New analyses have found widespread vitamin D insufficiency among American, Italian and Swiss cohorts of HIV-positive patients. These data were presented in a poster session and related discussion at the 17th Conference on Retroviruses and Opportunistic Infections (CROI).
Vitamin D deficiency was consistently less frequent in Caucasians than in other races. Otherwise, the studies were not entirely consistent as to other risk factors, such as duration or type of antiretroviral treatment.
At the CROI discussion session on Wednesday, moderator Peter Reiss from the University of Amsterdam began by noting that vitamin D deficiency can result in bone density loss, cardiovascular disease, diabetes and insulin resistance, kidney disease, and other metabolic conditions commonly seen in patients with HIV.
Vitamin D levels are generally assessed as blood levels of 25-hydroxyvitamin D, also expressed as 25(OH)D. According to a widely accepted reference scale, 25-hydroxyvitamin D levels are:
- "sufficient" if ≥75 nmol/l (≥30 ng/ml),
- "insufficient" if between 50-75 nmol/l (20-30 ng/ml), and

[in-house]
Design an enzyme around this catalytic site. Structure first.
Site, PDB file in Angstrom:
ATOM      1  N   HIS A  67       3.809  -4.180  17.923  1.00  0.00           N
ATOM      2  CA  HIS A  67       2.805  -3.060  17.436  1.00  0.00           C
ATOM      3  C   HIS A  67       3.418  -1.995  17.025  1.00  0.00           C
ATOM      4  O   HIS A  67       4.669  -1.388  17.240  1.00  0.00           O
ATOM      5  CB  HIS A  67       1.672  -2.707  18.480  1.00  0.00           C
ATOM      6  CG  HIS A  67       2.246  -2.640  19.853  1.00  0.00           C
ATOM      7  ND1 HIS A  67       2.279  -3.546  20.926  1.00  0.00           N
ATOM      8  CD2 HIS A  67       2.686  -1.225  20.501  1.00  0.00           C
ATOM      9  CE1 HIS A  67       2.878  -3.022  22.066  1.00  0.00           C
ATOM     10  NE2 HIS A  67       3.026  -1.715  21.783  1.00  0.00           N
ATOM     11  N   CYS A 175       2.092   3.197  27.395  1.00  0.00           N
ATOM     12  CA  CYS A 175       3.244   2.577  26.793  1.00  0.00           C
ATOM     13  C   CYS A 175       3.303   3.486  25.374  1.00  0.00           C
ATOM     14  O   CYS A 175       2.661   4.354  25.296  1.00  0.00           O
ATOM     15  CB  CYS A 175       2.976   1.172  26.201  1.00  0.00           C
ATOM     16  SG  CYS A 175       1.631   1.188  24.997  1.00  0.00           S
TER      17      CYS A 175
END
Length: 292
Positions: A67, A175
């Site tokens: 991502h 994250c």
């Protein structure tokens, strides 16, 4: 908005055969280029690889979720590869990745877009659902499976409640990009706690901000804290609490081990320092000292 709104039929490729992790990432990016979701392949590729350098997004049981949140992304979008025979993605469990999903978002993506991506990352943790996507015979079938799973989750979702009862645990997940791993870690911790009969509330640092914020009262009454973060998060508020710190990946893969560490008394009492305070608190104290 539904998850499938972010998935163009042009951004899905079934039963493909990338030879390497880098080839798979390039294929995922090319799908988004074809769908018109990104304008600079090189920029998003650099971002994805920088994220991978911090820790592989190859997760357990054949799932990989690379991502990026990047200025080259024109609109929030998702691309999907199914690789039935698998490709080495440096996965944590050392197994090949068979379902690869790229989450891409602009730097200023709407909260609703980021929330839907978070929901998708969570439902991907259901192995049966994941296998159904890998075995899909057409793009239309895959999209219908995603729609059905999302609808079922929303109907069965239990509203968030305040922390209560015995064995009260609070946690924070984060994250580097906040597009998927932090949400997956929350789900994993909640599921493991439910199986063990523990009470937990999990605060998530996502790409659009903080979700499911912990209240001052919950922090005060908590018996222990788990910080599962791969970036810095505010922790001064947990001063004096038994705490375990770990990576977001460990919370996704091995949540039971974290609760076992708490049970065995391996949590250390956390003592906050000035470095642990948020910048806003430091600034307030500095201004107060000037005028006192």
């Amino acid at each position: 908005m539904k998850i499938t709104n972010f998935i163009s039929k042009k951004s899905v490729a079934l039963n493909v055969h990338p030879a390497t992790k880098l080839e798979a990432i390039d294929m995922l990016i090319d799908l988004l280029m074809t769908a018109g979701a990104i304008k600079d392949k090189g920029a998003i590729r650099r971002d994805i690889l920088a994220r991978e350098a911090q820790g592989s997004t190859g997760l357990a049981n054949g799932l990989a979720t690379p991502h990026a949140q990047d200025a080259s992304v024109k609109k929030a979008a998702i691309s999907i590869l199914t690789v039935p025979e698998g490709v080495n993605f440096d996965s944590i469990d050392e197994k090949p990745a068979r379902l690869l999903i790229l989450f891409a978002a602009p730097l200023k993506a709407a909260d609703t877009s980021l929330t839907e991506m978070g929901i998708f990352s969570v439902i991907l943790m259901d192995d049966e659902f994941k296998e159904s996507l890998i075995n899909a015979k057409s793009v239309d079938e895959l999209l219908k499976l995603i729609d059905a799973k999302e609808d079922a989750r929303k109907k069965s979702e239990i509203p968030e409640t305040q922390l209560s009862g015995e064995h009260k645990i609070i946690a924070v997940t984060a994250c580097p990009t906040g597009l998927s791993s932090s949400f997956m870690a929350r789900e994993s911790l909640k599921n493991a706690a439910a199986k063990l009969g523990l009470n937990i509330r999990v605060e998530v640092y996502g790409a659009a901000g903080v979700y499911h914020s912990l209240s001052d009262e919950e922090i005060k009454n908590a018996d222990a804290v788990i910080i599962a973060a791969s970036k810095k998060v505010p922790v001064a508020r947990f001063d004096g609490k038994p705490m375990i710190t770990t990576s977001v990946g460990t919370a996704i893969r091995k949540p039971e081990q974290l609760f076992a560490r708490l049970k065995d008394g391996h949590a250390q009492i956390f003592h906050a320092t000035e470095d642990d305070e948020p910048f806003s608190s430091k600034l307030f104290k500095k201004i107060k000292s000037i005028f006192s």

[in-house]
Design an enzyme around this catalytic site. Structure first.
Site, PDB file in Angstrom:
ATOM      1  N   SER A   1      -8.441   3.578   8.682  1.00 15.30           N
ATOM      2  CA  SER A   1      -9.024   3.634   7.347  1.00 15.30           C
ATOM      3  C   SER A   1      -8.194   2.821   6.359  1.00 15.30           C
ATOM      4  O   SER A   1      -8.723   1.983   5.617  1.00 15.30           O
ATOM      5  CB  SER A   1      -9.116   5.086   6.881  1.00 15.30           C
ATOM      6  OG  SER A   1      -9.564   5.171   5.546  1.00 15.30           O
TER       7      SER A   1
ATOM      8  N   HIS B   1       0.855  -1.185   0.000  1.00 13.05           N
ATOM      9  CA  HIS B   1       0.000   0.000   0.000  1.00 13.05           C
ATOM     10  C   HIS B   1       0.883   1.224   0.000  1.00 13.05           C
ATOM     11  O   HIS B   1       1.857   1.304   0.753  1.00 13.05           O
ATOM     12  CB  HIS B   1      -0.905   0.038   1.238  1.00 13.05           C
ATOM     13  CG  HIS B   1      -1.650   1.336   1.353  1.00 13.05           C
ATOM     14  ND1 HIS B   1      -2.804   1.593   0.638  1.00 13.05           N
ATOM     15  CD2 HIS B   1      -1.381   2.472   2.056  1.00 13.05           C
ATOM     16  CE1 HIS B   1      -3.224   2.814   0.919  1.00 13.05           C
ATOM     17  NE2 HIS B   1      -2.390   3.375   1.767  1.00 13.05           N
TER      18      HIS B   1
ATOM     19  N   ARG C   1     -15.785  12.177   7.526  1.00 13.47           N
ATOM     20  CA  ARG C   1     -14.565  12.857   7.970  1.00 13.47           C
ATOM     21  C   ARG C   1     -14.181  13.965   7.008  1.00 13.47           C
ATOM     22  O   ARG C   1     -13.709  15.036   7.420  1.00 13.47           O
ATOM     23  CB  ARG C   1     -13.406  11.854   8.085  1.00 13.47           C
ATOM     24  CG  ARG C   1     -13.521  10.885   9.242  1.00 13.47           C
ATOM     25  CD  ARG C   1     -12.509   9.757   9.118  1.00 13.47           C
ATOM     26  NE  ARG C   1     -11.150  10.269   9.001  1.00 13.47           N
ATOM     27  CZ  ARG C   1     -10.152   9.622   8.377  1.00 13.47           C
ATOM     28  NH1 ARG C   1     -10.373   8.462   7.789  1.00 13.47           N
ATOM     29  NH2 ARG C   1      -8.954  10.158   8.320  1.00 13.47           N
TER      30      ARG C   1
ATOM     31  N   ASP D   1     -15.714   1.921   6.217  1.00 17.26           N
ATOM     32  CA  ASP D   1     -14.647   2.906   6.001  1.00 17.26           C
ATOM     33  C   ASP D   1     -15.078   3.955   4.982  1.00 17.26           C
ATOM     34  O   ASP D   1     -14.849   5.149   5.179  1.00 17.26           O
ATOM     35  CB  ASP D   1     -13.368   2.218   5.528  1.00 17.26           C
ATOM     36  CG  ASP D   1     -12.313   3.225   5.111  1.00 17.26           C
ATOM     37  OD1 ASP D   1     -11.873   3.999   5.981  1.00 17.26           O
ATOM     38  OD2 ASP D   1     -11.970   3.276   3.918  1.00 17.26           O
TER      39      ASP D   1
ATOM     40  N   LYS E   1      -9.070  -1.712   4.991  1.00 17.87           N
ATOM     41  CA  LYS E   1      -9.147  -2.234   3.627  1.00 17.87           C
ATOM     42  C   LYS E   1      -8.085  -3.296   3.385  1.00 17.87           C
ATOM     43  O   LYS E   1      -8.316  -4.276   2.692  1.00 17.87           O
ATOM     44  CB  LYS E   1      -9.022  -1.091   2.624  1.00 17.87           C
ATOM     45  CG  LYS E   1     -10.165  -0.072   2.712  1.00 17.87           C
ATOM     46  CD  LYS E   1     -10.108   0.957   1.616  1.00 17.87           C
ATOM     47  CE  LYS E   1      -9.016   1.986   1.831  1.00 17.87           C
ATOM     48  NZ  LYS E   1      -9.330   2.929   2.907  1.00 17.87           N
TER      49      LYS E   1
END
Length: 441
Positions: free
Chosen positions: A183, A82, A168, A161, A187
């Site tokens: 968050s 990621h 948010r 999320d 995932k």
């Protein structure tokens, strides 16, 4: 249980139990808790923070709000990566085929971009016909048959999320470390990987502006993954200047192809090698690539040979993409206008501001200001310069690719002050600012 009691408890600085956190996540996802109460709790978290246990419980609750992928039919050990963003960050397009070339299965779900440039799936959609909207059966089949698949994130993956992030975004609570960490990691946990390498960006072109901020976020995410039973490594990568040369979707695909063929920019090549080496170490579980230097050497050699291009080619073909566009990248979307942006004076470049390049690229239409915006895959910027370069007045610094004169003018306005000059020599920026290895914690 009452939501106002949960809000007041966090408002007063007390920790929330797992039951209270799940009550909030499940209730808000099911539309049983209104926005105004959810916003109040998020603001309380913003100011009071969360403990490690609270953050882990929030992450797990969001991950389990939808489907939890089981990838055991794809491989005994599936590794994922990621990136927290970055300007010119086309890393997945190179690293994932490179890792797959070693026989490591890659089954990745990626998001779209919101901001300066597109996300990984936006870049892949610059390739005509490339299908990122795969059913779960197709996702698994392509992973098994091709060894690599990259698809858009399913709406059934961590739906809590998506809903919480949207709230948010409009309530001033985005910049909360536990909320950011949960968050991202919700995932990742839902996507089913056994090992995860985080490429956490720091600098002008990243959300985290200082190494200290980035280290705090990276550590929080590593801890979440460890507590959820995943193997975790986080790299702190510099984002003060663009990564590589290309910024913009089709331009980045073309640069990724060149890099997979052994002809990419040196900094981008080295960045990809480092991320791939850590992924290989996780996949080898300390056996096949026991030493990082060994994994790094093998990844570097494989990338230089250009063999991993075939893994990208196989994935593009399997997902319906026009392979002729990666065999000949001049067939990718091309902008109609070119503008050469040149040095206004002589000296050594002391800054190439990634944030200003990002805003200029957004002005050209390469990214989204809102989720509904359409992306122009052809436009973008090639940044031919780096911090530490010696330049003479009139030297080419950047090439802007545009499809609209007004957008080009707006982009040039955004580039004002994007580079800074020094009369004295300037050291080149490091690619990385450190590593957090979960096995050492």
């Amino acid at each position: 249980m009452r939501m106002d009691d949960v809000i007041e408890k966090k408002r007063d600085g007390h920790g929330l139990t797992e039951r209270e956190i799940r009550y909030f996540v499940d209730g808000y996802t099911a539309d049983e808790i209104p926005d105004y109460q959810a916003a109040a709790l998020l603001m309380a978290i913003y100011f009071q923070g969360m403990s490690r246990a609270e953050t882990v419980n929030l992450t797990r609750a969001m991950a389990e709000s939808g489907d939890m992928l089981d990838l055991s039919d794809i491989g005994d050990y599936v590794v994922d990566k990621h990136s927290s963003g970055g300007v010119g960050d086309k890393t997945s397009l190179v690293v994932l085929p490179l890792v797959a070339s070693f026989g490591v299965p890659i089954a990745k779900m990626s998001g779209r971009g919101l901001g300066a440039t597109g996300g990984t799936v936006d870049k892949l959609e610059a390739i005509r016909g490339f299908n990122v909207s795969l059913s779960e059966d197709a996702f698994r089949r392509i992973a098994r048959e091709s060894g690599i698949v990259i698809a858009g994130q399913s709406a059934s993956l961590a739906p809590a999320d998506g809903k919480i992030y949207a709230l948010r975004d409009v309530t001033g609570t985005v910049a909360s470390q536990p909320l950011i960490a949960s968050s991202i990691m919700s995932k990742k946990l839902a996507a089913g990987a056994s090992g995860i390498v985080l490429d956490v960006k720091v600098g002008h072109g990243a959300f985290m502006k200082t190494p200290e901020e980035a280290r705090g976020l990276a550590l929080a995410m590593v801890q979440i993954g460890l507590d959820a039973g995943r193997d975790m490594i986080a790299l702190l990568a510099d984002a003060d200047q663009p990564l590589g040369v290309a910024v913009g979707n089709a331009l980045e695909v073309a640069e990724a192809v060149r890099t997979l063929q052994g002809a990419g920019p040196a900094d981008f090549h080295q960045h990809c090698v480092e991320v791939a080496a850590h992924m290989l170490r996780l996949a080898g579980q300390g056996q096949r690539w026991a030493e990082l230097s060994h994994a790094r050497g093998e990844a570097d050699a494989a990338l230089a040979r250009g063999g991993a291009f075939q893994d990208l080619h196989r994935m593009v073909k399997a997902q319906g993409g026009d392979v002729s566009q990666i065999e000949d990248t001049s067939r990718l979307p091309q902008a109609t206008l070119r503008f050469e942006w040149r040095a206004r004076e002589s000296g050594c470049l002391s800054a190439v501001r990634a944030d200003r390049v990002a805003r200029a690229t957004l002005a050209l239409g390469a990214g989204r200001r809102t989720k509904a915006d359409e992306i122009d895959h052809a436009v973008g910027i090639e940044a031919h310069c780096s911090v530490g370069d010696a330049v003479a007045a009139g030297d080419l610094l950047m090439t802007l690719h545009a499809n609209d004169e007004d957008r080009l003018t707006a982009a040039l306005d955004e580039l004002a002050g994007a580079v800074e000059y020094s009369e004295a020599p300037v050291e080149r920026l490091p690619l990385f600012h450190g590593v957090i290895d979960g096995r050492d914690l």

- "deficient" if <50 nmol/l (<20 ng/ml).
However, Reiss pointed out that these values are not universally used (even within the studies in this session), that they do not account for seasonal variation or ethnic differences (as darker skin is less able to produce vitamin D, and levels are higher in the summer months), and that optimal levels for health have not been well established.
Despite these uncertainties, these newly reported studies were consistent with previous reports in identifying very high rates of vitamin D insufficiency or deficiency among HIV-positive people. (See, for instance, this Dutch study and these US and UK studies reported at IAS 2009.)
United States: the SUN study
Christine Dao from the Centers for Disease Control presented data from the SUN study, a prospective observational cohort of 700 HIV-positive adults enrolled at clinics in four US cities from March 2004 to June 2006.